Iowa legalized gay marriage in 2009. But, this does not mean that the right to marry for the gay and lesbian couples in the state of Iowa is a sure thing. The Iowa Senate is set to vote on the issue of gay marriage in the state again, with noticeable changes in the Senators who will vote in favor of keeping gay marriage legal in the state of Iowa. With New York and Massachusetts on board with bills passed for the legalization of gay marriage, what will happen in Iowa? Will the Senators change the law? Will gay and lesbian constituents of Iowa have to seek a new location to take their wedding vows?
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Varying opinions have been expressed in terms of what may potentially happen if the senators of Iowa overturn the vote already in place. In 2009, the Iowa Senate voted in favor of the legalization of gay marriage for the gay and lesbian couples in their state. Since then, the distribution of Senators in favor of keeping gay marriage legal versus those that would rather keep gay marriage out of Iowa has changed. Does this mean gay marriage will soon be ending in Iowa?
One person speaking out on the potential results of the vote is Troy Price, the executive director of One Iowa, among the state’s largest advocacy group for the gay, lesbian, bisexual, and transgendered population in Iowa. Price comments: “If this does happen, if we were to lose that race, certainly it makes the chances of us seeing a Constitutional amendment passed through the Senate much more likely,” “And should that happen, if it is able to pass in the next legislative session, as early as June 2013 you could see it on the ballot.”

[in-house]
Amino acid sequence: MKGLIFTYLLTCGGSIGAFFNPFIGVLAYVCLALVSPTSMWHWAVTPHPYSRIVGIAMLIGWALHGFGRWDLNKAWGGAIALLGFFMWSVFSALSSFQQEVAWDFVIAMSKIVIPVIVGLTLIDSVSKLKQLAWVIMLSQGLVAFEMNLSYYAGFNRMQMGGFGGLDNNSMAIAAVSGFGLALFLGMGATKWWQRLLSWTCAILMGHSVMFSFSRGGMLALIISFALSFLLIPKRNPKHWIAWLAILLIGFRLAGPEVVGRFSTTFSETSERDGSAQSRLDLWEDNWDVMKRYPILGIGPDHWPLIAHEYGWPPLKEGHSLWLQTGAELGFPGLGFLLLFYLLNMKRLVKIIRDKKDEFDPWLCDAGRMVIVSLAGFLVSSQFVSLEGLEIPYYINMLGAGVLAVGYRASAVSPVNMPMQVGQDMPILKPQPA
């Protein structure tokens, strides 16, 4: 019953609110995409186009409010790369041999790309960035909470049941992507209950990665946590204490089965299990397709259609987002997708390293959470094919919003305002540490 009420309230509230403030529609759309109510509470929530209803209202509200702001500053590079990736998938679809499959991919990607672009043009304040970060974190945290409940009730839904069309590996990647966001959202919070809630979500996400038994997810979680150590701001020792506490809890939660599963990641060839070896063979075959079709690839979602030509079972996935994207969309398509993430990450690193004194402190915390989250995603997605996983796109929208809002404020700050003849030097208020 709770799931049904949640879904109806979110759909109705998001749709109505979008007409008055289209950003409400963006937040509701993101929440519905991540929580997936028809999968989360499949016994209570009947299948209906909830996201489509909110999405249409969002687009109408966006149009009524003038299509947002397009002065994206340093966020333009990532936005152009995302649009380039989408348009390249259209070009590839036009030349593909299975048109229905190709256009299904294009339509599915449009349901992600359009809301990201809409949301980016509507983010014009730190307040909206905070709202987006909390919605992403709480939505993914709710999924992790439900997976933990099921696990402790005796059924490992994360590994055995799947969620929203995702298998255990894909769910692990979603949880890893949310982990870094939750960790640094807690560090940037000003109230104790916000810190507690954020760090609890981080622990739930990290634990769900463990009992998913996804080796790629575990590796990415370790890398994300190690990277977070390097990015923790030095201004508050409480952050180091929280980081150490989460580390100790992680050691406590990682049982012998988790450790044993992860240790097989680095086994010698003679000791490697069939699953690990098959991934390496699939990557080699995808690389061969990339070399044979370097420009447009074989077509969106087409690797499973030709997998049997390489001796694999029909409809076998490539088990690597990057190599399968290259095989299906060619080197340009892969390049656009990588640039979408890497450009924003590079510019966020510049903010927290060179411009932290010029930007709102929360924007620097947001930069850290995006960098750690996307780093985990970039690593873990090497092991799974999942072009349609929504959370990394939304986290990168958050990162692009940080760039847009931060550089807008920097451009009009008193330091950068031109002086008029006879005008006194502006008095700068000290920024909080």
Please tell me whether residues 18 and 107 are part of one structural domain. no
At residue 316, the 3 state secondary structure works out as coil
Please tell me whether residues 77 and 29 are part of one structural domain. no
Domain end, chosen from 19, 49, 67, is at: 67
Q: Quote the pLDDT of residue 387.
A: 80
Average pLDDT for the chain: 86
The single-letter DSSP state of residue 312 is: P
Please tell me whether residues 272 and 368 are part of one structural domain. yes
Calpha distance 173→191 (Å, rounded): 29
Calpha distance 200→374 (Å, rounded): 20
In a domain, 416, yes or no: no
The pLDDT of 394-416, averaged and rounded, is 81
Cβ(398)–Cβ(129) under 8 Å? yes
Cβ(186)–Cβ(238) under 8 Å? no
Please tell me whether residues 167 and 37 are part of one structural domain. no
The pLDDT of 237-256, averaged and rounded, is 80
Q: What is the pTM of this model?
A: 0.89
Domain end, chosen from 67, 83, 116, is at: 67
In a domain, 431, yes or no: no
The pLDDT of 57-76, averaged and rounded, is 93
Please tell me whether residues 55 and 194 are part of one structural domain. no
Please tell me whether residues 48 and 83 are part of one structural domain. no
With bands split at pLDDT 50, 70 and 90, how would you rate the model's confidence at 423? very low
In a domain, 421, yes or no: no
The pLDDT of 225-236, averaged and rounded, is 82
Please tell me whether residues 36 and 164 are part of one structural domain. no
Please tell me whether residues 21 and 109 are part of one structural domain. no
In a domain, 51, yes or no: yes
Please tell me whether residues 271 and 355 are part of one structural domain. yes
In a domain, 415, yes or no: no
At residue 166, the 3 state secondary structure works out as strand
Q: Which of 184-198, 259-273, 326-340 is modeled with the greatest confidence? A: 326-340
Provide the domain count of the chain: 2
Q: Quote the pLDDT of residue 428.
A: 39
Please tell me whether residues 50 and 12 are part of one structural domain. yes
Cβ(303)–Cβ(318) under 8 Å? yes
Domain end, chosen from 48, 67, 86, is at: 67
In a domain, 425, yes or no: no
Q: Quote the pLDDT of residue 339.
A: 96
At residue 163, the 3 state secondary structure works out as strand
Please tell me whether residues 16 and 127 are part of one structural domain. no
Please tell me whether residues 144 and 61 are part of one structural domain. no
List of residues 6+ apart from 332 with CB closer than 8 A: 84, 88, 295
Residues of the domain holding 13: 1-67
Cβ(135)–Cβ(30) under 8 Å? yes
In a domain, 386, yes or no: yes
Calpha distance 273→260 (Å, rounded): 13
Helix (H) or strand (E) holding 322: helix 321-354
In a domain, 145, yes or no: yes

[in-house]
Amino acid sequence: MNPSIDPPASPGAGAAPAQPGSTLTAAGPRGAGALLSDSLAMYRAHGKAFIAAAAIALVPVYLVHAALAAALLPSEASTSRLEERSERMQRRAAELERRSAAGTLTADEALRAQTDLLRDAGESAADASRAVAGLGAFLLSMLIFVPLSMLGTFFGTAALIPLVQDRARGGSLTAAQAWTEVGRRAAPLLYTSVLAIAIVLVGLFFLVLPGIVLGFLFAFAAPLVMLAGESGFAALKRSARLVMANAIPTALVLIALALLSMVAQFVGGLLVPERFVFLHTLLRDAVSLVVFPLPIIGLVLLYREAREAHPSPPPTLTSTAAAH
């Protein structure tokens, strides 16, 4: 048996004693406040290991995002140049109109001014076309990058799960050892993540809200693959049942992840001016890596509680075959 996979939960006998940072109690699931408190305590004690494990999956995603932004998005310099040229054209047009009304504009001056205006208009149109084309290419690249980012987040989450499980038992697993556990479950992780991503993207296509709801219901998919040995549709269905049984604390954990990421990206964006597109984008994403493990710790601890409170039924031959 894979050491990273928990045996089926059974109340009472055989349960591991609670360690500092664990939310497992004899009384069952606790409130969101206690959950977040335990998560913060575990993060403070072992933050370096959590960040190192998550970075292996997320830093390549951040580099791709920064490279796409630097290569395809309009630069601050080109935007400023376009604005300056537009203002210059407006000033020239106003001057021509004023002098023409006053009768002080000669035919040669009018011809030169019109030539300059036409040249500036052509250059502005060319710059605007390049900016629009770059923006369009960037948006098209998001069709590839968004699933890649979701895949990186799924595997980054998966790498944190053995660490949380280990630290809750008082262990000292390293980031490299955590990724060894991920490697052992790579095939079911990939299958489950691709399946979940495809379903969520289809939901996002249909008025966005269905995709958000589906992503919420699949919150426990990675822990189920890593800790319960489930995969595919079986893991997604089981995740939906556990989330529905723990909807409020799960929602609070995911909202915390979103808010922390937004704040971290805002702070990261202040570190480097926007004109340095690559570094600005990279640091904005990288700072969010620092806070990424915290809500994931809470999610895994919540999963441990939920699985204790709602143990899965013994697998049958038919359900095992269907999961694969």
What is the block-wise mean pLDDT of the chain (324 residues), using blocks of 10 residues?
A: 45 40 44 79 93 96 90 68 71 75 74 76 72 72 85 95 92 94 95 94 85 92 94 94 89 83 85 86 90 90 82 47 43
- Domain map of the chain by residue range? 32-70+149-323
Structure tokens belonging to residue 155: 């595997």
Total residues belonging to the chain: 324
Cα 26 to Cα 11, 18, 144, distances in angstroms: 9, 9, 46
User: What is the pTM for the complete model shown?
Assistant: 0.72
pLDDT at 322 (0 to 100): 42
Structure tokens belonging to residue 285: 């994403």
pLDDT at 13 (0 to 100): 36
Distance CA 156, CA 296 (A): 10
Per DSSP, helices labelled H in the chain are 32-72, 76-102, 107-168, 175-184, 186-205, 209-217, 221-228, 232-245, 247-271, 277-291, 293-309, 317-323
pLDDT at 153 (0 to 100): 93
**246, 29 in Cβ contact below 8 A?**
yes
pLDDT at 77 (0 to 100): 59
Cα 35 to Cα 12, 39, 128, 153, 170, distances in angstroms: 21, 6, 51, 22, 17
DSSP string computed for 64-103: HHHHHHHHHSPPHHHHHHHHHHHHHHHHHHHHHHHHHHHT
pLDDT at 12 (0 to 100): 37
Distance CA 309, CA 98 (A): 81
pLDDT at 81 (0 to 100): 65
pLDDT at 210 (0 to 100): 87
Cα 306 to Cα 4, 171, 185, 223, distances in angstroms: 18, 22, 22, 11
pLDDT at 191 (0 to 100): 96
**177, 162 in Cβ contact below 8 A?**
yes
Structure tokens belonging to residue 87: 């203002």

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Because of the shift in the seats of the Iowa Senate, there is an opening that could potentially turn the vote entirely against keeping gay marriage legal or even on the ballot in Iowa. To date, the Democratic Senators are the ones that have swayed the vote in favor of keeping gay marriage legal. With the possibility of having the numbers flip in favor of the Republican Senators, the chances of having an anti-gay marriage ban on the ballot are greater.
Republican presidential nominee Fred Karger, openly gay, stated: “I think it is important that the Senate remains in Democrat control, because of the marriage issue,” he said. “I hate to be a single-issue voter like that, but I think it is very important that balance is there.” How do you think the changes in the Senate will change the state of gay marriage in Iowa? Will gay marriage be banned in Iowa as a result? Or will the Senate keep gay marriage legal in Iowa? Have thoughts on this article you’d like to share? Leave a comment below or connect via Twitter or Facebook!